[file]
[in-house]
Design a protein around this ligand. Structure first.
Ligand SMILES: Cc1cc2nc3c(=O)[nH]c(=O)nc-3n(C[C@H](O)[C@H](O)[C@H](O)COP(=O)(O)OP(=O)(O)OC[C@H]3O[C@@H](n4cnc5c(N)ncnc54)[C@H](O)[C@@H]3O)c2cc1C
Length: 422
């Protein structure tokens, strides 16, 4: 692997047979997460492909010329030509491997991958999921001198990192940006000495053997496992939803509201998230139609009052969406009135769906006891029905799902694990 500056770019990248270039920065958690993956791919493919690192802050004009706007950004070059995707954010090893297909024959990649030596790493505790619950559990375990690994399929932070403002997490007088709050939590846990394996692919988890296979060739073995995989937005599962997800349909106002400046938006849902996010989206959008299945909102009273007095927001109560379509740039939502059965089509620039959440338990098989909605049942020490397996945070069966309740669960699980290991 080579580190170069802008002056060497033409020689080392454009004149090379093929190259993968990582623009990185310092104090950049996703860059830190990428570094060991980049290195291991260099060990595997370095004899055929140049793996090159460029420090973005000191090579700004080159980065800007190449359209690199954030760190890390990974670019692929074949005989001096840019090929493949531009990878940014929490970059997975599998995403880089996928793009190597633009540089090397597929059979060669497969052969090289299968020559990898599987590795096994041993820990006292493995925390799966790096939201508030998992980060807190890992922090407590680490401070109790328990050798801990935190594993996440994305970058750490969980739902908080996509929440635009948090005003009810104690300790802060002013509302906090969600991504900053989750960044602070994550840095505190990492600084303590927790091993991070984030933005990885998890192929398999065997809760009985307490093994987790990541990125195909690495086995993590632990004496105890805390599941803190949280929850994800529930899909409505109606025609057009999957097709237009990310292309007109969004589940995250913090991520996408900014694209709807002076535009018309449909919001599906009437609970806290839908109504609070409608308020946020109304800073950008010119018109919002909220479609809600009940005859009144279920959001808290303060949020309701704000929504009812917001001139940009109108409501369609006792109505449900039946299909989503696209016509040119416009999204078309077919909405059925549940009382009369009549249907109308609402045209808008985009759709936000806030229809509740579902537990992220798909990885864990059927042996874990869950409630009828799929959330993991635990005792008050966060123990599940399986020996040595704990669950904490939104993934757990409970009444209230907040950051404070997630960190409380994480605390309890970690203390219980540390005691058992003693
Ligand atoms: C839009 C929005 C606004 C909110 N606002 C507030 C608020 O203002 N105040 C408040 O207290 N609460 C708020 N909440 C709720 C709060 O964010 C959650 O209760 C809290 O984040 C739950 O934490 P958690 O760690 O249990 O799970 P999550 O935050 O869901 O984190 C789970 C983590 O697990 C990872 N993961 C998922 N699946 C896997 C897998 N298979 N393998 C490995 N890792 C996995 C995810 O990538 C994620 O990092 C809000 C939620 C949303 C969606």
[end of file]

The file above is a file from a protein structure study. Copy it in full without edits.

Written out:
[in-house]
Design a protein around this ligand. Structure first.
Ligand SMILES: Cc1cc2nc3c(=O)[nH]c(=O)nc-3n(C[C@H](O)[C@H](O)[C@H](O)COP(=O)(O)OP(=O)(O)OC[C@H]3O[C@@H](n4cnc5c(N)ncnc54)[C@H](O)[C@@H]3O)c2cc1C
Length: 422
């Protein structure tokens, strides 16, 4: 692997047979997460492909010329030509491997991958999921001198990192940006000495053997496992939803509201998230139609009052969406009135769906006891029905799902694990 500056770019990248270039920065958690993956791919493919690192802050004009706007950004070059995707954010090893297909024959990649030596790493505790619950559990375990690994399929932070403002997490007088709050939590846990394996692919988890296979060739073995995989937005599962997800349909106002400046938006849902996010989206959008299945909102009273007095927001109560379509740039939502059965089509620039959440338990098989909605049942020490397996945070069966309740669960699980290991 080579580190170069802008002056060497033409020689080392454009004149090379093929190259993968990582623009990185310092104090950049996703860059830190990428570094060991980049290195291991260099060990595997370095004899055929140049793996090159460029420090973005000191090579700004080159980065800007190449359209690199954030760190890390990974670019692929074949005989001096840019090929493949531009990878940014929490970059997975599998995403880089996928793009190597633009540089090397597929059979060669497969052969090289299968020559990898599987590795096994041993820990006292493995925390799966790096939201508030998992980060807190890992922090407590680490401070109790328990050798801990935190594993996440994305970058750490969980739902908080996509929440635009948090005003009810104690300790802060002013509302906090969600991504900053989750960044602070994550840095505190990492600084303590927790091993991070984030933005990885998890192929398999065997809760009985307490093994987790990541990125195909690495086995993590632990004496105890805390599941803190949280929850994800529930899909409505109606025609057009999957097709237009990310292309007109969004589940995250913090991520996408900014694209709807002076535009018309449909919001599906009437609970806290839908109504609070409608308020946020109304800073950008010119018109919002909220479609809600009940005859009144279920959001808290303060949020309701704000929504009812917001001139940009109108409501369609006792109505449900039946299909989503696209016509040119416009999204078309077919909405059925549940009382009369009549249907109308609402045209808008985009759709936000806030229809509740579902537990992220798909990885864990059927042996874990869950409630009828799929959330993991635990005792008050966060123990599940399986020996040595704990669950904490939104993934757990409970009444209230907040950051404070997630960190409380994480605390309890970690203390219980540390005691058992003693
Ligand atoms: C839009 C929005 C606004 C909110 N606002 C507030 C608020 O203002 N105040 C408040 O207290 N609460 C708020 N909440 C709720 C709060 O964010 C959650 O209760 C809290 O984040 C739950 O934490 P958690 O760690 O249990 O799970 P999550 O935050 O869901 O984190 C789970 C983590 O697990 C990872 N993961 C998922 N699946 C896997 C897998 N298979 N393998 C490995 N890792 C996995 C995810 O990538 C994620 O990092 C809000 C939620 C949303 C969606």